According to the article “Why Arts Education is Crucial, and Who’s Doing it Best”, art education is important because it reaches us on so many levels. The article mentions such things as, “academic achievement, social and emotional development, civic engagement and equitable opportunity.” The article goes on to mention that the arts can help in all subjects including but not limited to; “math, reading cognitive abilities (critical thinking) and verbal skills”.
So some people may see the importance of the arts, but why is it so important that we still implicate them in school? One reason is that where many people are lucky enough to have parents that are interested in the arts and can afford to put there children in an art activity outside of school, or at least expose their children to it, not all students are so lucky. Some students may be in dance, or after school art programs. Some students may have parents or grandparents that take them to art museums etc. Yet other students may not have the funds to be in programs or to go to museums. Having these in our school gives those other students the chance they need to be exposed to the arts, and to help them “bloom” as an individual.
Unfortunately the No Child Left Behind had put a dent in people’s idea that we need arts in the schools. People believe that more time should be spent in the class room learning basic math and language skills to pass the state tests, than to be spent in an art class room. “Arts are lovely but not essential”, is the way the paper states it.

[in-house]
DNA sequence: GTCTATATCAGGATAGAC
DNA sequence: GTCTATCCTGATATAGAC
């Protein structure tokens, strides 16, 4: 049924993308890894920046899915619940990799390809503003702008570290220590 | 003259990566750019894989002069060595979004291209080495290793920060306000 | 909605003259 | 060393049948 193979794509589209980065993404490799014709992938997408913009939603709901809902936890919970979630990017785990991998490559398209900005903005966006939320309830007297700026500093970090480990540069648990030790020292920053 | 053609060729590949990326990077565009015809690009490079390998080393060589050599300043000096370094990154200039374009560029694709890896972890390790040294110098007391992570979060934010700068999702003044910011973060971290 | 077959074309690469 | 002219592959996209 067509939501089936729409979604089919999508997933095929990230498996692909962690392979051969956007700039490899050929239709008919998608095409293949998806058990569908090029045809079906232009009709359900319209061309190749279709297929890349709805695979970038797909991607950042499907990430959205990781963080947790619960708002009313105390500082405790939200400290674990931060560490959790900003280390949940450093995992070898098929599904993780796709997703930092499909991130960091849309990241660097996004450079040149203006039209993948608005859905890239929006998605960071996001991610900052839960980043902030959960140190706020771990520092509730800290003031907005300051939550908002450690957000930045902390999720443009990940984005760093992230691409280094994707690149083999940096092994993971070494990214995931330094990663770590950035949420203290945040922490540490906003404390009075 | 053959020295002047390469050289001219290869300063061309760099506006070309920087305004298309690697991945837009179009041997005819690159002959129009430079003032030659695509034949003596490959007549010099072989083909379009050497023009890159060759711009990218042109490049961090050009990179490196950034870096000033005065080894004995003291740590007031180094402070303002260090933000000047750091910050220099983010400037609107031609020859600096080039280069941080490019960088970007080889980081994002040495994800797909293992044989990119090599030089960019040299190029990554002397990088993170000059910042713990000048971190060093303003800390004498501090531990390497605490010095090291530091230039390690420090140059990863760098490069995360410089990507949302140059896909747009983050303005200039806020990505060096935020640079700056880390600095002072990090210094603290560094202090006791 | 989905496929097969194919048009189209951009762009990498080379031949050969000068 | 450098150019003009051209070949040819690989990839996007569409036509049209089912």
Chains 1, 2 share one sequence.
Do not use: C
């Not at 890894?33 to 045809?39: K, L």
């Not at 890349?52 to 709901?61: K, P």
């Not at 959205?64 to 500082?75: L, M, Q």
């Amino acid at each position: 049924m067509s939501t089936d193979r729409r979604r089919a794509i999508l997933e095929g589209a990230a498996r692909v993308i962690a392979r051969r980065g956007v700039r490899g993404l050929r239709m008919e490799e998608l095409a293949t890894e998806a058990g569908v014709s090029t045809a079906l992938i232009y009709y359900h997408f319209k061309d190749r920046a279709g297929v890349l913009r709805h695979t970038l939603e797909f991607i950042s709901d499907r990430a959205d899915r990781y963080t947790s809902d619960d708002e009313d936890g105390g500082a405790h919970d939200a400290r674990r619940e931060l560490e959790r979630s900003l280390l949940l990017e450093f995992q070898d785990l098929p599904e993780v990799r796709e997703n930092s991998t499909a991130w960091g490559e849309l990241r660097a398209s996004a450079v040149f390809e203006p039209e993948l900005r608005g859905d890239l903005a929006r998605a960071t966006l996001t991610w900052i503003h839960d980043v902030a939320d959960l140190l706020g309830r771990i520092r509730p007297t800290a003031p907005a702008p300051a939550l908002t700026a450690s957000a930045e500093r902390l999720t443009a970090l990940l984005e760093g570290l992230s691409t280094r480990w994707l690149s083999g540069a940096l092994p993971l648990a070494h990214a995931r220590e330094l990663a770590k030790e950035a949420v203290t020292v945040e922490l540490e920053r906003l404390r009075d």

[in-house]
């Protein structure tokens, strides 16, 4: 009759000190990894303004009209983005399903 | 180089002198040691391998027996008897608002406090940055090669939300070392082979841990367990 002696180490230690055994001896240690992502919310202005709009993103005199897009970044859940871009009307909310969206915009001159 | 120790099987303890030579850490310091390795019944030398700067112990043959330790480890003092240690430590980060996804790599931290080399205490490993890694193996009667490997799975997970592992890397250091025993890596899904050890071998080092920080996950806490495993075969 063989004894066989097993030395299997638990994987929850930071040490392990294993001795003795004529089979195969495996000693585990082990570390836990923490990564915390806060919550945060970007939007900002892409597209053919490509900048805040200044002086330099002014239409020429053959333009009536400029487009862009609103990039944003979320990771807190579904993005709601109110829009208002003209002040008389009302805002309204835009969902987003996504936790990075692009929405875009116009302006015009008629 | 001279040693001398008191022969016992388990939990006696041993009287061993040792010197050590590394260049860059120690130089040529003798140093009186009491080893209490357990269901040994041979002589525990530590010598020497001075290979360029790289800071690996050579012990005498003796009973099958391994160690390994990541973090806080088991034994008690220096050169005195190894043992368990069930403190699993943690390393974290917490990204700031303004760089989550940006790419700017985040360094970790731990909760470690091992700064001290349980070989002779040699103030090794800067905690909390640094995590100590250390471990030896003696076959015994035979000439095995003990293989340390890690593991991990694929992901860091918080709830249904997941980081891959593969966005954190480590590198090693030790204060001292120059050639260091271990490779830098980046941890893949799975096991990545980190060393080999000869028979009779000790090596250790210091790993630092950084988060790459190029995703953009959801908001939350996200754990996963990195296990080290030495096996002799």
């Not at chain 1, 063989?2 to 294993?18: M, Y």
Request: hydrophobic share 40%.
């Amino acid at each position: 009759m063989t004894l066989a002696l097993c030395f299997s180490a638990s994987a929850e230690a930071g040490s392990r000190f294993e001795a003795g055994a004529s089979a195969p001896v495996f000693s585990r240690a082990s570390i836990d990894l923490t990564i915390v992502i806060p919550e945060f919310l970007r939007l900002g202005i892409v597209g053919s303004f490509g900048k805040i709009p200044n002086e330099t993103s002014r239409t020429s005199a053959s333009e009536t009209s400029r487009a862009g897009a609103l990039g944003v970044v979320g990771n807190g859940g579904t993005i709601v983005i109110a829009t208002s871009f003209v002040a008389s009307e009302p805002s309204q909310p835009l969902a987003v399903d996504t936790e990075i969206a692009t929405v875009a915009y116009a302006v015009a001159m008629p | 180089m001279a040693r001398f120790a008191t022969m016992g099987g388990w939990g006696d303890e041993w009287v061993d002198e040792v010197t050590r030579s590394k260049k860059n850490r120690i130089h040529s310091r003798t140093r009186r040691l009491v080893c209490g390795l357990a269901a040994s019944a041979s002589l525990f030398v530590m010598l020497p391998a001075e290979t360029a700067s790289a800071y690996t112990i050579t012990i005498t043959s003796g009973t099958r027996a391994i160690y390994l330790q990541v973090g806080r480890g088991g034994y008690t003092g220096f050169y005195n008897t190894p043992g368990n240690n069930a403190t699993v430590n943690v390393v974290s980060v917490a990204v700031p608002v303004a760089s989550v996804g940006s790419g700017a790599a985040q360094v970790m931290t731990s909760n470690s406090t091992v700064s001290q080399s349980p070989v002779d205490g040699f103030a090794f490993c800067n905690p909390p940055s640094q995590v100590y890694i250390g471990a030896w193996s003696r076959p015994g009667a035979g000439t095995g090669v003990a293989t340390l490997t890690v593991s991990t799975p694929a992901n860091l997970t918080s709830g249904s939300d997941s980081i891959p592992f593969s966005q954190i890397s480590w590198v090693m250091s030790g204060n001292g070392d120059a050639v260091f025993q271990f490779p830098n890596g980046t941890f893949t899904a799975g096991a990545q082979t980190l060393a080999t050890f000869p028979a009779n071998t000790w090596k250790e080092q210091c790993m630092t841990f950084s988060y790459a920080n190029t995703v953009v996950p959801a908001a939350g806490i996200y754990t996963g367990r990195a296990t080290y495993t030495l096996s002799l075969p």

The article also gives light that some schools are realizing that arts can be used IN the classroom to help teach the basics. For example music notes and sheet music help in math content areas. As well as readers theater help in understanding historical events, or it might also help with fluency in reading. The article does state that these trials in the classrooms are still in the early stages but they are showing great results as to how we are trying to prove that art helps an individual as a whole. Tom Horne (Arizona’s state superintendent of public instruction) even states with these results that, “If they’re worried about their test scores and want a way to get them higher, they need to give kids more art’s, not less. There’s lots of evidence that kids immersed in the arts do better on their academic tests.”
Where some schools are keeping the arts in their curriculum they are cutting down drastically on the time that is spent in these class rooms. Just because we have the program does not mean anything, you have to utilize it too! Not only is the time spent in these classrooms being cut but also the educators in the building that teach the subjects too.
Another scary thought is that now that the arts are being pulled so far from curriculum that it will take large investments and time to implement them back. Yet we do have cities making the arts implements their goal. In Dallas they are getting students out into the art community in their own neighborhoods. Even in the elementary school level they are in the arts for 45 minutes a week! They realized –“that students flourish when creativity drives learning.” Another state is Arizona with the help of a Mr. Tom Horne, who has raised 4 million dollars, and re-implemented arts into schools that have not seen programs in decades. He states that we are teaching children three things: How to prepare for jobs, how to be citizens and how to enjoy the deeper forms of beauty. “The third is as important as the other two,” states Horne.
I personally feel a strong connection to the arts and a sadness that they are not in schools